“First-time novelist Skyhorse offers a poignant yet unsentimental homage to Echo Park, a working-class neighborhood in east Los Angeles where everyone struggled to blend in with American society but remains tied to the traditions of Mexico. . . . Essential for fans of Sherman Alexie or Sandra Cisneros but with universal appeal for readers who favor in-depth character-centered stories, this is enthusiastically recommended.”
—Library Journal (starred review)

“In its depiction of what amounts to a parallel social universe The Madonnas of Echo Park provides a master class in nonlinear narrative, written with imaginative generosity and emotional precision, poignant, brutal, and refreshingly unsentimental. Brando Skyhorse has what can’t be faked: talent. His book is an understated triumph.”
—Glen Duncan, author of Death of an Ordinary Man and I, Lucifer

“In this gorgeous and suspenseful book the admirably talented Brando Skyhorse takes his readers to a kingdom that he has made very much his own, Echo Park, California. I loved reading about his richly imagined characters, both Mexican and American, and how their lives intersect with our much more familiar versions of Los Angeles.”
—Margot Livesey, author of The House on Fortune Street & Eva Moves the Furniture

“Reminds me of Olive Kitteridge/Chris Cleave . . . In teading The Madonnas of Echo Park it’s like each chapter could stand alone as a short story; however, each chapter fleshes out more of the storyline which reminded me of Little Bee. The book was truly amazing.”
—Susan Barthold, Barnes and Noble, Jenkintown, PA

“I just finished The Madonnas of Echo Park and wanted to write to you as soon as I collected my thoughts— Not so easy since it resonated on so many levels. It is truly a beautiful book and Skyhorse captured so much that is unique about LA better than I have ever seen done before. He got the smog-filtered light, the smells that mix desert and ocean, and the particular gravity of a place where everybody comes from somewhere else, no matter how long they’ve been here. I loved how each story added tiny layers to the previous stories as you saw them flitting across in the background. So many books have painted a great picture of 30’s LA that people still carry around in their heads. And I’ve read some good ones of contemporary LA, but mostly Westside-type affluence. The Madonnas of Echo Park really shows the huge percentage of LA life that people have no idea about but which really is a major contributor to this city’s “feel.” It’s that mix of dreams and disasters that create the LA that people feel but don’t understand why they feel it, if that makes sense . . . How can such a sunny place be so dark?? And btw, who knew that Morrissey was such an icon in LA’s Mexican subculture?”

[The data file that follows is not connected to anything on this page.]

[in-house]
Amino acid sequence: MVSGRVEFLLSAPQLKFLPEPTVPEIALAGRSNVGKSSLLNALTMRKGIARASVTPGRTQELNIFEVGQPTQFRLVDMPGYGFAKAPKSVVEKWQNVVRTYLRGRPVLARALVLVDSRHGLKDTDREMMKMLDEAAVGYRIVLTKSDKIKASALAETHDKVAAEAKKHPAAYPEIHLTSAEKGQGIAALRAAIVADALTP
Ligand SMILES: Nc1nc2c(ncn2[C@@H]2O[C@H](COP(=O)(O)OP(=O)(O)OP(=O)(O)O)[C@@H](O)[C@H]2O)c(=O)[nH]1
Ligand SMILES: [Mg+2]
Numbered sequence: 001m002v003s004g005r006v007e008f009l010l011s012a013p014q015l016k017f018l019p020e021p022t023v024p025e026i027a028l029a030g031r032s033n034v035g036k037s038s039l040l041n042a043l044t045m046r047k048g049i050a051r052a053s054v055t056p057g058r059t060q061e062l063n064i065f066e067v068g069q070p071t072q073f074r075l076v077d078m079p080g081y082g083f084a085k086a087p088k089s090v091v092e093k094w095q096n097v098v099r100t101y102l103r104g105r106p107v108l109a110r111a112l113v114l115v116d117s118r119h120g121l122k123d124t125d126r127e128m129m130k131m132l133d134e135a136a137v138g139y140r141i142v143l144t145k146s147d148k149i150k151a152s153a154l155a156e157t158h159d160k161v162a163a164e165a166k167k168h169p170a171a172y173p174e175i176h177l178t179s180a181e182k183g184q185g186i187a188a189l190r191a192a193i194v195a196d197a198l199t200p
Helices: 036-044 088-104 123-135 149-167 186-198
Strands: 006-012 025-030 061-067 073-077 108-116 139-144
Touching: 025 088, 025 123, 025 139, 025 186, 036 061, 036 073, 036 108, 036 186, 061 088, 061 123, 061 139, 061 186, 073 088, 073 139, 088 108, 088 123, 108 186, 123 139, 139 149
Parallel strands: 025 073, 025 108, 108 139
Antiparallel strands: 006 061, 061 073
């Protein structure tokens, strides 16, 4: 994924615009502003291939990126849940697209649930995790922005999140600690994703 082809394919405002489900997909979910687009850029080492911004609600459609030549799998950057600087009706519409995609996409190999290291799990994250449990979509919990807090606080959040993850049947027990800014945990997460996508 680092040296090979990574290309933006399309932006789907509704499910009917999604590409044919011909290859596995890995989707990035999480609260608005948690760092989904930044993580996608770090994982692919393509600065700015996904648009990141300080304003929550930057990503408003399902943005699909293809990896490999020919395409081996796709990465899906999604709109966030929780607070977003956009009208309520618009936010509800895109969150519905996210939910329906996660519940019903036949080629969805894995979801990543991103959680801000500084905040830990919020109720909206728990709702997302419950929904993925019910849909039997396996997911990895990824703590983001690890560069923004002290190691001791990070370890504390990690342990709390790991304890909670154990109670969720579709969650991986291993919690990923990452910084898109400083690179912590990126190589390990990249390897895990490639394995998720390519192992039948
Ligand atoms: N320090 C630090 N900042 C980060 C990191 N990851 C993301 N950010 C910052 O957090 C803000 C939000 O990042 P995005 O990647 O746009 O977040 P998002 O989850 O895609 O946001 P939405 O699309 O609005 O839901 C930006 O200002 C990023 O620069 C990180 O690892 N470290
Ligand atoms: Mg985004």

—Kristine Williams, Barnes and Noble, Encino

“I absolutely loved The Madonnas of Echo Park! I was teary-eyed . . . The stories ravel together like a string of kites, each one intertwining and tangling with the next, until they have become one, aggregated mass of colors . . . lives, histories, relationships that somehow all make sense. I love how everything comes together . . . .vignettes that make sense once the characters’ paths cross — completing the mystery and filling in the holes that leave the reader feeling both reconciled and even a bit addled at the connections and relationships. Beautifully written . . . .and even more beautifully woven. I’m looking forward to his next book.”
—Guinevere Platt, Vroman’s, & Communications Manager, SCIBA